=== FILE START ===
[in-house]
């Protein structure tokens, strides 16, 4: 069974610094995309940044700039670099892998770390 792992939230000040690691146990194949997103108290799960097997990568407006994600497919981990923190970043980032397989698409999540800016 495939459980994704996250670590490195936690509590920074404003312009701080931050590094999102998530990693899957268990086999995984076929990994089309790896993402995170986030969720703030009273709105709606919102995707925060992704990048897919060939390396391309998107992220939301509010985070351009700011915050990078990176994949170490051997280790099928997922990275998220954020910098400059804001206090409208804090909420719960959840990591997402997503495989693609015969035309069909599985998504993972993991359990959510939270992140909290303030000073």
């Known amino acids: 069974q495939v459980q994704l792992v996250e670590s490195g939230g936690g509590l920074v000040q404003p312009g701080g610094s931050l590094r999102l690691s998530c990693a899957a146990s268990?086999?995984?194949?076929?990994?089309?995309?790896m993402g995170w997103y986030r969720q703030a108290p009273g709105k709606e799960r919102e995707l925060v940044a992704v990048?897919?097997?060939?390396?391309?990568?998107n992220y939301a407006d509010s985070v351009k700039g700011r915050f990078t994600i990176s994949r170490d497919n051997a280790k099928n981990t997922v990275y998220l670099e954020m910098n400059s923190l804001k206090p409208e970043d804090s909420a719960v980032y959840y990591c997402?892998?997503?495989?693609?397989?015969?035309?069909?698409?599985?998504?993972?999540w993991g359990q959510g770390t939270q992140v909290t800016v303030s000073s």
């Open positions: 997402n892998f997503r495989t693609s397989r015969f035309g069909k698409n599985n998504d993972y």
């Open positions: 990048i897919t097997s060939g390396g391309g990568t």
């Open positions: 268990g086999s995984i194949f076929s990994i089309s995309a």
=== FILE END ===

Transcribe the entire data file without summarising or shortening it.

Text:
[in-house]
């Protein structure tokens, strides 16, 4: 069974610094995309940044700039670099892998770390 792992939230000040690691146990194949997103108290799960097997990568407006994600497919981990923190970043980032397989698409999540800016 495939459980994704996250670590490195936690509590920074404003312009701080931050590094999102998530990693899957268990086999995984076929990994089309790896993402995170986030969720703030009273709105709606919102995707925060992704990048897919060939390396391309998107992220939301509010985070351009700011915050990078990176994949170490051997280790099928997922990275998220954020910098400059804001206090409208804090909420719960959840990591997402997503495989693609015969035309069909599985998504993972993991359990959510939270992140909290303030000073």
């Known amino acids: 069974q495939v459980q994704l792992v996250e670590s490195g939230g936690g509590l920074v000040q404003p312009g701080g610094s931050l590094r999102l690691s998530c990693a899957a146990s268990?086999?995984?194949?076929?990994?089309?995309?790896m993402g995170w997103y986030r969720q703030a108290p009273g709105k709606e799960r919102e995707l925060v940044a992704v990048?897919?097997?060939?390396?391309?990568?998107n992220y939301a407006d509010s985070v351009k700039g700011r915050f990078t994600i990176s994949r170490d497919n051997a280790k099928n981990t997922v990275y998220l670099e954020m910098n400059s923190l804001k206090p409208e970043d804090s909420a719960v980032y959840y990591c997402?892998?997503?495989?693609?397989?015969?035309?069909?698409?599985?998504?993972?999540w993991g359990q959510g770390t939270q992140v909290t800016v303030s000073s």
């Open positions: 997402n892998f997503r495989t693609s397989r015969f035309g069909k698409n599985n998504d993972y």
């Open positions: 990048i897919t097997s060939g390396g391309g990568t």
């Open positions: 268990g086999s995984i194949f076929s990994i089309s995309a």